Human Anatomy Notes: August 30: Dr. Lorenz
Human Anatomy Notes: August 30: Dr. Lorenz BIOL 2030
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This 4 page Class Notes was uploaded by Gabrielle Griffin on Wednesday September 7, 2016. The Class Notes belongs to BIOL 2030 at Georgia Southwestern State University taught by Dr. Lorenz in Fall 2016. Since its upload, it has received 4 views. For similar materials see Human Anatomy I in Science at Georgia Southwestern State University.
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Date Created: 09/07/16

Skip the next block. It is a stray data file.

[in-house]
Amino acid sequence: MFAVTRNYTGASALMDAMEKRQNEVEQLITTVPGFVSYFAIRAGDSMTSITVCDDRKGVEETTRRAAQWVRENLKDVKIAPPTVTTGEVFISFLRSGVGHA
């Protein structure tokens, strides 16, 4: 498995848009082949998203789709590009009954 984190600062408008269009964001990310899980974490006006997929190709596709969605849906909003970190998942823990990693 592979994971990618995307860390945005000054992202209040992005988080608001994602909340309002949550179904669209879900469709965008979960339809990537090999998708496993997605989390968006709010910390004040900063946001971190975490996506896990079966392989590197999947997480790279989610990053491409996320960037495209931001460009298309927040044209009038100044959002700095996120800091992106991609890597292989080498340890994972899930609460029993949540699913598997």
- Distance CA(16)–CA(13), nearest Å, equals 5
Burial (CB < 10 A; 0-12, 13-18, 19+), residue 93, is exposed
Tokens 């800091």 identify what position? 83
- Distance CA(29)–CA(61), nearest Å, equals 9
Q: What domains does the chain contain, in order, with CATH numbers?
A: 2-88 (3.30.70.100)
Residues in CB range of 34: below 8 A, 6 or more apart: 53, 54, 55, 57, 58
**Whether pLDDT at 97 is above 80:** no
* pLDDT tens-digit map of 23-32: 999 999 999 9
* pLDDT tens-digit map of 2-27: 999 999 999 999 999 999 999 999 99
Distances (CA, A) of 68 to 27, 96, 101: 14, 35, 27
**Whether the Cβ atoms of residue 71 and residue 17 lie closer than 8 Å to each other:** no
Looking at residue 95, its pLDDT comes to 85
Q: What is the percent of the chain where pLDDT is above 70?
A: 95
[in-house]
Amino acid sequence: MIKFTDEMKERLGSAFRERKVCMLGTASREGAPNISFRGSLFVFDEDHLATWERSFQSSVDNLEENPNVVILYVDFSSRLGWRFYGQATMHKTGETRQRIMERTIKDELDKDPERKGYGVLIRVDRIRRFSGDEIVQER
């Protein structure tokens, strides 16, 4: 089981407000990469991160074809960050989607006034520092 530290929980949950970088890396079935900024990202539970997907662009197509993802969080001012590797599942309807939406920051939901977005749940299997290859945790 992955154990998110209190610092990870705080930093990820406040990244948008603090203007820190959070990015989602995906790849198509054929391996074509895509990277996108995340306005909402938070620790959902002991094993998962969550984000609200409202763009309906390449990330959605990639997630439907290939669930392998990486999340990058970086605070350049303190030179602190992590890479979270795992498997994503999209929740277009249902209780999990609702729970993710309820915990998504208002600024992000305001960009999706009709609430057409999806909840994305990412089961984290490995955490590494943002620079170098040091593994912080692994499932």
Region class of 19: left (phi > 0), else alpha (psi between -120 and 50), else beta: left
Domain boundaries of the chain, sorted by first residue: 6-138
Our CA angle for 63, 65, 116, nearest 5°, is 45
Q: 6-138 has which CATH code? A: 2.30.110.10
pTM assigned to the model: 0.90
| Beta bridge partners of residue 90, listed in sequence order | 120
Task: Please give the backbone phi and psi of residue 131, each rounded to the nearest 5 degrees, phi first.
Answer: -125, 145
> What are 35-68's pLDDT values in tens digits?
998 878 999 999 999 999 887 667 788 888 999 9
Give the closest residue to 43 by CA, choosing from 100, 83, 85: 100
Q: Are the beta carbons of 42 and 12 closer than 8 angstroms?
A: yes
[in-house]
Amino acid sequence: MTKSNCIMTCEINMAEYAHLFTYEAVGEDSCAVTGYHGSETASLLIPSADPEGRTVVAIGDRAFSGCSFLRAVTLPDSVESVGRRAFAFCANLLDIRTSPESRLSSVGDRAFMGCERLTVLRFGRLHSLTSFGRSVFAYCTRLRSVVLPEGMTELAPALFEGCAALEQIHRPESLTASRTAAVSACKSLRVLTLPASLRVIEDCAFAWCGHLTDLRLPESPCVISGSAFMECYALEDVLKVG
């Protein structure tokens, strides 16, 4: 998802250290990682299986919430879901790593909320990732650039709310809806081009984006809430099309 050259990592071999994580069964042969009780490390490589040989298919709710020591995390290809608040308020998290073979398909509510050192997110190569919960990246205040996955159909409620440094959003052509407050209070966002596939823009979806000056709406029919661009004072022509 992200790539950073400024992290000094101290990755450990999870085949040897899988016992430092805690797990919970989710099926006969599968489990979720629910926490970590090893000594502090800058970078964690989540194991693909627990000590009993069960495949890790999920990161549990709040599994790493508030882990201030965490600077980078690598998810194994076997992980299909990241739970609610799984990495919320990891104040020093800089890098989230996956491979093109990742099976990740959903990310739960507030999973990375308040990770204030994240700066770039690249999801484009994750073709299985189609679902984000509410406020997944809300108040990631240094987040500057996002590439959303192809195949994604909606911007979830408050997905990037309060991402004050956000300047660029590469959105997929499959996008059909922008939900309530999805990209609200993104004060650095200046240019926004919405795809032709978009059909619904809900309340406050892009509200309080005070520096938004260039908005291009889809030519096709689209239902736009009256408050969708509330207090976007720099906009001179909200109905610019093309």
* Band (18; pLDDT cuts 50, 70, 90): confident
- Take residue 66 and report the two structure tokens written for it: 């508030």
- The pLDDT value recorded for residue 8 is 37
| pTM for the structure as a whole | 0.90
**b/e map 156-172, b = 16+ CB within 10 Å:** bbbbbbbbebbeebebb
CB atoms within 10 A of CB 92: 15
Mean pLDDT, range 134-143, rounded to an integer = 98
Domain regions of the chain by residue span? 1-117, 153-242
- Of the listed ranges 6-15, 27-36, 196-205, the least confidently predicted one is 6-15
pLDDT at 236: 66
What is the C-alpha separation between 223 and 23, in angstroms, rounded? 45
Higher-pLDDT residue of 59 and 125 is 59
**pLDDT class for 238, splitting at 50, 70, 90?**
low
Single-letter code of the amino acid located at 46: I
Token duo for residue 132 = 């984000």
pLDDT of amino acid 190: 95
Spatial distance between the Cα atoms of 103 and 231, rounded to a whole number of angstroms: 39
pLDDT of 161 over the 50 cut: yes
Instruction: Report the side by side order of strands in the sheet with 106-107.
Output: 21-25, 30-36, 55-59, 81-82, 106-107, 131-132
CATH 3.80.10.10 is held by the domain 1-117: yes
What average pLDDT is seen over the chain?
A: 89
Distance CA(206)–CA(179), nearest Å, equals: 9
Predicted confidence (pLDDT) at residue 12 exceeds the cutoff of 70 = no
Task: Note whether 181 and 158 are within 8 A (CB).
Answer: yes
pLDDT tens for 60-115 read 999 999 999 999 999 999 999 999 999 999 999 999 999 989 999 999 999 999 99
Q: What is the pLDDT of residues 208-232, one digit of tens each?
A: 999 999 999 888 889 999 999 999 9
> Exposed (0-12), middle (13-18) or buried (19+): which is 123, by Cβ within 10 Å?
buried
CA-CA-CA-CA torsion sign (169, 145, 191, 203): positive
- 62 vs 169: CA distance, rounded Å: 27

Dr. Lorenz Human Anatomy I TR 12:30-1:45 August 30 CHAPTER 3: Cellular Form and Function Intro 1. All organisms are composed of cells a. Single cells humans 2. Cells are responsible for all structural and functional properties of a living organism a. Workings of the human body b. Mechanisms of disease c. Rationale of therapy Outcomes 1. Cell theories 2. Cell shapes 3. Size range 4. Developments in microscopy changed views of cell structure 5. Major components of a cell a. Cell membrane Development of the cell theory 1. Cytology a. Robert hooke: Cells describe empty cell walls of cork 2. Schwann: animal tissue is made of cells 3. Louis Pasteur “Cells arise from other cells” a. Refutes spontaneous generation- living things arise from nonliving matter b. Led to antibiotics, food lasting longer, 4. Modern Cell Theory a. All organizms are made of cells and cell products b. The cell is the simplist structural and function unit of life c. An organism structure and function are due to the activates in the cells d. Cells come only from preexisting cells, not from nonliving matter e. Cells of all species have many fundamental similarities in their chemical composition and metabolic mechanisms Cell Shapes and Sizes 1. Cell shapes a. Squamous: thin flat (lining) b. Cuboidal: cubes(tubes) c. Columnar (lungs intestines) d. Polygonal (deep tissues, ovaries) e. Stellate (neurons) f. Spheroid (white blood cells, independent cells) g. Discoid (red blood cells, no nucleus) h. Fusiform spindle shaped (smooth muscle) i. Fibrous (skeletal muscle) 2. Human cell size a. Most 10-15 micrometes diameter i. Egg cells 100 micr met diameter 1. Barely 3. Limitations in size a. Cell growth increases volume more than surface area i. Cell membrane is lipid bilayer: too thin will pop ii. Bigger = more space, functional b. Surface area of a cell is proportional to the square of its diameter c. Volume of a cell is proportional to the cube of its diameter i. Nutrient absorption and waste removal d. Basic components of a cell 1. Light microscope reveals plasma membrane, nucleus, and cytoplasm a. Cytoplasm- fluid between the nucleus and surface membrane 2. Resolutions (ability to reveal detail) of electron microscopes reveals ultrastructure a. Organelles vytoskeleton, and vytosol (ICF-intra cellular fluid) 3. Magnification of x750 seen through both light and transmission electron microscopes 4. Increased resolution 5. Plasma membrane a. Surrounds cell b. Made of proteins and libids c. Controls in and out 6. Cytoplasm a. Organelles b. Cytoskeleton c. Cytosol 7. Extracellular fluid a. Fluid outside of cell Learning outcomes 1. Cell membrane 2. Lipids proteins 3. Secondary messeger system 4. Comp and fuct of glycocalyz t 5. Microvilli, cilia, flagella The plasma Membrane 1. Plasma membrane- unit membrane at cell surface a. Defines boundaries b. Governs interactions with other cells c. Control passage of materials in andout of cell d. INTRACELLULAR FACE – faces cytoplasm e. EXTRACELLULAR FACE- faces outwars f. Oily film of lipids with diverse proteins embedded 2. Membrane lipids a. 98% of molecules are lipids 3. PHosphoplipids a. Hydrophilic head b. Hydrophobic tail 4. Cholesterol a. 20% of membrane lipids b. holds phospholipids still and stiffen membrane 5. Gylcolipids a. 5% of membrane lipids b. phospholipids with short car chain on extra cell face c. glycocalyx coating on cell surface d. receptor cell 6. membrane proteins a. 2% molecules b. 50% weight 7. Transmembrane poteins a. Pass through membrane b. hydrophilic regions and extracellular c. hydrophobic regions through lipid membrane d. Most glycoproteins e. Can drift freely in phospholipid film f. Anchored to cytoskeleton 8. Peripheral proteins a. Adhere to one face of membrane b. Usually tethered to cytoskeleton Membrane Proteins ***** 1. Receptors 2. Enzymes a. Regulate hormones, create 2ndary messengers 3. Channels a. Ion channel i. Eg NA K pump b. Gated ion channel 4. Cell identity marker 5. Cell adhesion molecule (CAM) a. Bind to other cams Receptors 1. Cell communication via chemical signals a. Receptors- surface proteins on plasma membrane of target cell i. Change shape of protein and affects stuff inside cell b. Bind these chemicals (hormones, neurotransmitters) c. Receptor usually specific for one substrate Second messenger systems 2. Messengers bind to surface receptor 3. Triggers changes within the cell that produce a second Enzymes 1. Enzymes in plasma membrane carry out final stages of starch and protein digestion in small intestine 2. Help produce cAMP 3. Break down chemical mess and hormones whos job is done a. Stops excessive stimulation Channel Proteins 1. Transmembrane with pores a. Constantly opens b. Or gated channels respond to stimuli i. Ligand (chemically) regulated ii. Voltage iii. Mechanically regulated 2. Play an important role in timing of nerve signals and muscle contractions 3. Disease Carrier pumps 1. Transmembrane proteins bind to glucose, electrolytes, solutes a. Transfer across membrane Cell Identity markers 2. Glycoproteins contribute glycocalyx a. Carbohydrate surface coating b. Acts like cell’s “ID TAG” 3. Enables bodies to identify which cells belong and don’t CAM 1. Adhere cells to each other and extracellular material 2. Cells do not grow or survive normally unless they are mechanically linked to the extracellular material a. Special events: sperm egg binding; binding of immune cell to a cancer cell